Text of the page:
Would France build a Trump-style wall along the German border?

KLAUS JURGENS
Published 27.02.2019 00:45

Actually no one has suggested such a bizarre and completely otherworldly undertaking as of yet and why would any person with even the smallest amount of common sense ever do so? Yet, French politician Marine Le Pen, in power (if ever), might – or so one is inclined to believe evaluating her comments made on the occasion of France and Germany signing the Treaty of Aachen last month.

Let us be frank – the title of today's opinion piece and its hypothetical discourse in this introductory paragraph are a journalistic exaggeration. However, as we will analyze exactly what Marine Le Pen had to say about the newly signed Treaty of Aachen in comparison to what the treaty includes, one can only assume that in order to keep France for the French – and according to Le Pen, danger is imminent. stopping short of an invasion – one has to keep the Germans out. So why not copy and paste what is currently happening along the United States' southern border with Mexico?

Back to reality on the ground though: In the heated debate about the contents of the Treaty of Aachen – as a matter of fact "heated" only in the quarters of France's far-right National Rally political movement of which Marine Le Pen is the president with just a little bit of verbal support from her country's far left, too – the first thing which was deliber

ately overlooked is the year 1963. It was the year when French President Charles de Gaulle and West German Chancellor Konrad Adenauer laid the rock solid foundation for what would soon become the engine, the hallmark of peace and stability in Western Europe; it was the birth of the Elysée Treaty.

On the occasion of celebrating its 55th anniversary today's leaders – President Emmanuel Macron and Chancellor Angela Merkel – decided to discuss how its contents could be adapted to new challenges including business relations and climate change to name a few, hence a new treaty not duplicating the Elysée agreement but to build on it as and where it is deemed suitable.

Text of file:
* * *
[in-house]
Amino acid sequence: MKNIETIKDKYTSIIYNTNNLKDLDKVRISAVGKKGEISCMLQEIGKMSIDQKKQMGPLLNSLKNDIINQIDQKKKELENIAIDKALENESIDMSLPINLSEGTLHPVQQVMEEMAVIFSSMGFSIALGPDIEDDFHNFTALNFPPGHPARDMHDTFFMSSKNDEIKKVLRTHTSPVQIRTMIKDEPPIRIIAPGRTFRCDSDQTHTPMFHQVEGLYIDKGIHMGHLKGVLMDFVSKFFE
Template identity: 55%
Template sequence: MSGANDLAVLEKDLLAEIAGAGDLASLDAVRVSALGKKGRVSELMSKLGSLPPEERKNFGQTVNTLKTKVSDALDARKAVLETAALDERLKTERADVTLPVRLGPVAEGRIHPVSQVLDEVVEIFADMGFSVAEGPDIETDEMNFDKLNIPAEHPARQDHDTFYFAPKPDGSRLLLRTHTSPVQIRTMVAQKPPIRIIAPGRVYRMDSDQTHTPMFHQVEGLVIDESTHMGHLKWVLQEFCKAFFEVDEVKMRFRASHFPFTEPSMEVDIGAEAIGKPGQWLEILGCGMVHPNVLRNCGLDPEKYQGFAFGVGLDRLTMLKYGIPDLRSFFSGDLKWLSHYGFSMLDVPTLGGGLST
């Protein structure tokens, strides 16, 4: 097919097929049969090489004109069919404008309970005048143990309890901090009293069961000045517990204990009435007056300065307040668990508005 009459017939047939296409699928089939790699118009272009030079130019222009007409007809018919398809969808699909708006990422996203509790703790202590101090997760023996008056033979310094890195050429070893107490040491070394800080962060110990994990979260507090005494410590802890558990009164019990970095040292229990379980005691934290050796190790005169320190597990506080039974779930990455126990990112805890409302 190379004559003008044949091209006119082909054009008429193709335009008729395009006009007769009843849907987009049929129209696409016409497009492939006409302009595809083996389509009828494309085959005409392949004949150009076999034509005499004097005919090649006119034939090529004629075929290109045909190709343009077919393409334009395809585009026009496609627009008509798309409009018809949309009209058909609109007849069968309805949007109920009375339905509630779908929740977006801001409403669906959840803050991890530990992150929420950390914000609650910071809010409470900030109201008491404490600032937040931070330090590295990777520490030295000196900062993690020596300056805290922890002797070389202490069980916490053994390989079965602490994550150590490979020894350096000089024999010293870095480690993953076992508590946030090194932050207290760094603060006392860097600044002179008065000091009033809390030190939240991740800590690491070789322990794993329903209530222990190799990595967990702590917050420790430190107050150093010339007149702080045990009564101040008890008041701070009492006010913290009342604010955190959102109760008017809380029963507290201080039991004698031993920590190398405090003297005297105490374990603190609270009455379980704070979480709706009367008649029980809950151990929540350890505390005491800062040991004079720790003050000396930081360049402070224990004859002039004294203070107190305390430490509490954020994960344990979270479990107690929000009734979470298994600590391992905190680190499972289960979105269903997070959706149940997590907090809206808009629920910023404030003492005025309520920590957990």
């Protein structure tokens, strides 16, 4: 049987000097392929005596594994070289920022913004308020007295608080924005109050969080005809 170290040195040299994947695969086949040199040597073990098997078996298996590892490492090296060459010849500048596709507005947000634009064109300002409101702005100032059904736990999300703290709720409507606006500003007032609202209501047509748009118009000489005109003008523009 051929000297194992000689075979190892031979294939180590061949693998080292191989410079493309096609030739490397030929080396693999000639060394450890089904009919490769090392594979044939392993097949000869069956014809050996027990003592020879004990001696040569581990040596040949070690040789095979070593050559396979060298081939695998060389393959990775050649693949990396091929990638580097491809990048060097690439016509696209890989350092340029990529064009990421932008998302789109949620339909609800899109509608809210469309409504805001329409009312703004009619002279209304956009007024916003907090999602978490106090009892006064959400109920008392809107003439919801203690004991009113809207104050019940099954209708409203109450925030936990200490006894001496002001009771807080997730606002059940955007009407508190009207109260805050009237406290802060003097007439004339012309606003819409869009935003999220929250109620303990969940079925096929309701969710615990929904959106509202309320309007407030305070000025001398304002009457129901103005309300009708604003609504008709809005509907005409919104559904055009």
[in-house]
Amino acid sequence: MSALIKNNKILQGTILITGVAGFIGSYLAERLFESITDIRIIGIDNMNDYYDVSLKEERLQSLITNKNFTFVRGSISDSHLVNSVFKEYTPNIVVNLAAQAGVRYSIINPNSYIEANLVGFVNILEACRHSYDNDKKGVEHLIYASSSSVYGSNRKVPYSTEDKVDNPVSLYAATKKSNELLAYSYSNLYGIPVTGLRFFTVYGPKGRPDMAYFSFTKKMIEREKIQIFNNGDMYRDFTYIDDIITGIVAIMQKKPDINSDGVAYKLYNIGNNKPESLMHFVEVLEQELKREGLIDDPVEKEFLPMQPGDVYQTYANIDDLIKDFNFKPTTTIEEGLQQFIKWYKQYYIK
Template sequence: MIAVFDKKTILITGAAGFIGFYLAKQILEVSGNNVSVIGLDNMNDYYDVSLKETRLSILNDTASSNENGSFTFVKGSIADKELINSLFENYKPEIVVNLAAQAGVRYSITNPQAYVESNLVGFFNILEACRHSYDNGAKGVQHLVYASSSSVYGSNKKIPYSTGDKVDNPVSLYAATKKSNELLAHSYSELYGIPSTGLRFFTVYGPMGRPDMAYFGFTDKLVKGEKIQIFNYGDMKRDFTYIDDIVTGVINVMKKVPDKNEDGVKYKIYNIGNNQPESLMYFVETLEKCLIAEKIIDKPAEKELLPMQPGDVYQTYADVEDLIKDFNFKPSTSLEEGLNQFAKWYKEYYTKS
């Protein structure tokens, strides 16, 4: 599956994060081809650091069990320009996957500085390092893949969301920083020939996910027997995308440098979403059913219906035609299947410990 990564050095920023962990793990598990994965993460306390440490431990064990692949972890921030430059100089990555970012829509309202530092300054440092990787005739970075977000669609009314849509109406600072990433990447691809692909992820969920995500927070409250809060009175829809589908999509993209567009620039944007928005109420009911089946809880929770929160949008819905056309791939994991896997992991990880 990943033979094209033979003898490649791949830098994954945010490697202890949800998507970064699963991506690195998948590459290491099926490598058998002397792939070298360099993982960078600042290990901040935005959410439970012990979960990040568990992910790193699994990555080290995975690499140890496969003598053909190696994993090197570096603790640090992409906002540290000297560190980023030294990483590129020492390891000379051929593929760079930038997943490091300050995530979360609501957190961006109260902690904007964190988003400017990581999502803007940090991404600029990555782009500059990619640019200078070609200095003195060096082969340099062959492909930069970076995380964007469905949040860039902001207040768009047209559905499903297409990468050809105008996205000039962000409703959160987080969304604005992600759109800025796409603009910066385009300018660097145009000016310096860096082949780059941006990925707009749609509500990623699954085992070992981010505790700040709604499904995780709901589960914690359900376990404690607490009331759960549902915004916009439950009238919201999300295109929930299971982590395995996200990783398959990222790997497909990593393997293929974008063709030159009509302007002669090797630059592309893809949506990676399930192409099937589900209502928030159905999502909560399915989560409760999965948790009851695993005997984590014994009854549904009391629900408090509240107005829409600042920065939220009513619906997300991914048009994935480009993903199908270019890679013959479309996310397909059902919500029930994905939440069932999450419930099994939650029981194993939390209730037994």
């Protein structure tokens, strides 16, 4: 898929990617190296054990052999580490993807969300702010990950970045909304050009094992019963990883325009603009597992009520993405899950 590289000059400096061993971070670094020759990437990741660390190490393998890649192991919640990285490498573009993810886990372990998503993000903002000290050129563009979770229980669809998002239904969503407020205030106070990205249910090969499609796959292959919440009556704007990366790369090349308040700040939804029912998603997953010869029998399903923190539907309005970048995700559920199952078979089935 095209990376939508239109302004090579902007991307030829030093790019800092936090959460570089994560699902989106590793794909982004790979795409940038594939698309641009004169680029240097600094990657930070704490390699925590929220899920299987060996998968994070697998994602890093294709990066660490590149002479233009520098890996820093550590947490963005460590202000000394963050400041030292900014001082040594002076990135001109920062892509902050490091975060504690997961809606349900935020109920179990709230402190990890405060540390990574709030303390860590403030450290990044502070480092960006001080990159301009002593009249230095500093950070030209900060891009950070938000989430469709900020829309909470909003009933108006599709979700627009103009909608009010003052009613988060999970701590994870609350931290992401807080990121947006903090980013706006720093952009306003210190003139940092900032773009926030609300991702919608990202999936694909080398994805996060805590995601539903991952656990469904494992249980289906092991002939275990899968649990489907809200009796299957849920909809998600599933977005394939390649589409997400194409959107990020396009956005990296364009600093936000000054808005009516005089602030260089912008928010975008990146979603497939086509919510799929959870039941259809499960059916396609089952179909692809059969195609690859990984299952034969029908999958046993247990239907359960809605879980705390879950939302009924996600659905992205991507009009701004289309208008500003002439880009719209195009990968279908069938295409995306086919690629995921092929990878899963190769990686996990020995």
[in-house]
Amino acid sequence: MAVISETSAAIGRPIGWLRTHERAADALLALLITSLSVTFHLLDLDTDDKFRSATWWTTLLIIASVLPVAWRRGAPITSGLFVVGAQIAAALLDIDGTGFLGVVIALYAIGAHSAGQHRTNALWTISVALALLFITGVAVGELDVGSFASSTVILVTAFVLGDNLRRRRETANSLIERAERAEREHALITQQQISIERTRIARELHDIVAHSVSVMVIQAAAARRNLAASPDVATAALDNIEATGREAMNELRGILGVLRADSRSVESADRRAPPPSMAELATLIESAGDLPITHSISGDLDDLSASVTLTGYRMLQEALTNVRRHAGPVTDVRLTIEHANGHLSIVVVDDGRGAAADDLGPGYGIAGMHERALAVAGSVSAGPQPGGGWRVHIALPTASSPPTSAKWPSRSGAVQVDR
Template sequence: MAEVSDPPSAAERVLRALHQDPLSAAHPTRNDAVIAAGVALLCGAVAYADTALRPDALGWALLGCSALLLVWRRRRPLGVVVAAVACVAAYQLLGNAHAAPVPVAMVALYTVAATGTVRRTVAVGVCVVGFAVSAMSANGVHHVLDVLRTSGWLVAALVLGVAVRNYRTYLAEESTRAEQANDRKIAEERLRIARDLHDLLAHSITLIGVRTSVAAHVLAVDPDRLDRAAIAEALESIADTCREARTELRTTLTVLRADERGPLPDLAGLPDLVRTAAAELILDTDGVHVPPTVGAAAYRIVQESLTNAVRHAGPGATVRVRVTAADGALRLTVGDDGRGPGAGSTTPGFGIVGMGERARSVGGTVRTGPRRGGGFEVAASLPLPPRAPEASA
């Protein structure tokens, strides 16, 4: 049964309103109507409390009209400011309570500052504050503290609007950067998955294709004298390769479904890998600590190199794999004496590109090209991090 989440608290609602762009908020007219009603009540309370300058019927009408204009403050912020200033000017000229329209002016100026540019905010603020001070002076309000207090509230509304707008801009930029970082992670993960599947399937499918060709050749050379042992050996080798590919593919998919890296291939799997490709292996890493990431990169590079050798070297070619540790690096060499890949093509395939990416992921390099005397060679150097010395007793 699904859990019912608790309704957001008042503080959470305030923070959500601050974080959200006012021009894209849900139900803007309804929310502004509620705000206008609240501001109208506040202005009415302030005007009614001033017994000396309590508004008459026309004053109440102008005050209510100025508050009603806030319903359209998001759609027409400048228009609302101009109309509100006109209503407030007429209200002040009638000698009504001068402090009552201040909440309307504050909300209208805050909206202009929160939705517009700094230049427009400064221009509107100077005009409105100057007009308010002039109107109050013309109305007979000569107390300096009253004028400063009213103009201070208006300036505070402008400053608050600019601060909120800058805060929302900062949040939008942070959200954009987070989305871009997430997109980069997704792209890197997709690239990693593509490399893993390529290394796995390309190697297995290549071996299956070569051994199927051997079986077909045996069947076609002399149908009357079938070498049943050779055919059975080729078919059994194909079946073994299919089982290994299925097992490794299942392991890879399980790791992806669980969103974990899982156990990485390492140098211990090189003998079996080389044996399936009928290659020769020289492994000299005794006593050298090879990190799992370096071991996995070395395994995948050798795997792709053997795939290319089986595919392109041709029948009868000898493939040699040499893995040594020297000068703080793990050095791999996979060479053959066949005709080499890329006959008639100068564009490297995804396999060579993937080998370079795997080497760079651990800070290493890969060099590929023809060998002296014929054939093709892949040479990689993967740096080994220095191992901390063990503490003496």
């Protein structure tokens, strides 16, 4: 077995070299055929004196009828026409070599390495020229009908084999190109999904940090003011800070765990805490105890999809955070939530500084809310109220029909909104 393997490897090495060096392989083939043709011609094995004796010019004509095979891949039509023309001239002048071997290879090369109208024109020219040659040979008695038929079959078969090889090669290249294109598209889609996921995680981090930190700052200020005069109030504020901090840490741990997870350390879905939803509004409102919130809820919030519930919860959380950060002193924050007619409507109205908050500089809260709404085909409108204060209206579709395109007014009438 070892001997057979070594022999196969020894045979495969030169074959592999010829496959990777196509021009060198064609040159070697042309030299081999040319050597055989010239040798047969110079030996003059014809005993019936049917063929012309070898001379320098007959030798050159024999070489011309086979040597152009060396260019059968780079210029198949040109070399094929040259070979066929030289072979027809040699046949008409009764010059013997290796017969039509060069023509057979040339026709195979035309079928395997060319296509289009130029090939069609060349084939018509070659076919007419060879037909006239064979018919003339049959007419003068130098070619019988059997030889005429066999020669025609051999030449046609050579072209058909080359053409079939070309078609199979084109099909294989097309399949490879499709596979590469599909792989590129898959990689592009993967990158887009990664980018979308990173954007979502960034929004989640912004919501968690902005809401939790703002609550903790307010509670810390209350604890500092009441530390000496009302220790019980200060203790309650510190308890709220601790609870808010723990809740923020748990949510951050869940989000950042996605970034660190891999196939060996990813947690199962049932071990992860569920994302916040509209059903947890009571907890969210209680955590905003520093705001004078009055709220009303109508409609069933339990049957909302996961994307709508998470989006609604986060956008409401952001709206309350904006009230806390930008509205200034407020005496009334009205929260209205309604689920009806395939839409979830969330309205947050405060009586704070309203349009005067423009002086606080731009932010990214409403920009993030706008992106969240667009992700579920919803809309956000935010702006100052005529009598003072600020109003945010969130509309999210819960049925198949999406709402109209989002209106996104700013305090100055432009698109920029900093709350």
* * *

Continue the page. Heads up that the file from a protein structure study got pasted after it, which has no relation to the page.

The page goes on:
In total, the Treaty of Aachen has six parts including a strong commitment to further foster European integration, a desire for more cooperation in relation to the work of the United Nations; it mentions the cultural domain, promotes the idea of closer regional cooperation and then deals with the issue of sustainable development in an ever more industrialized age. Last but not least, it suggests how all of this can actually be achieved in logistical terms, that is which bilateral structures would take care of which aspects and how.

To make this important clarification ever more clear let us add the summary as published by European Sources Online: "It aims to deepen cooperation and convergence ahead of the main challenges facing Europe, to further develop military cooperation and joint capabilities, to expand Europe's permanent presence in the U.N. Security Council, to further bilateral cultural and language understanding, to improve integration between the two economies." Has Marine Le Pen ever really studied the official document? Without extending any perhaps unjustified criticism, one nevertheless wonders. Here is her reaction.

Le Pen accuses Macron of treason

Out of a long catalog of "fake news" presented by Le Pen even before the actual signing of the treaty let us focus on two items: The role of both nations in the United Nations Security Council, and (former) border cooperation in general.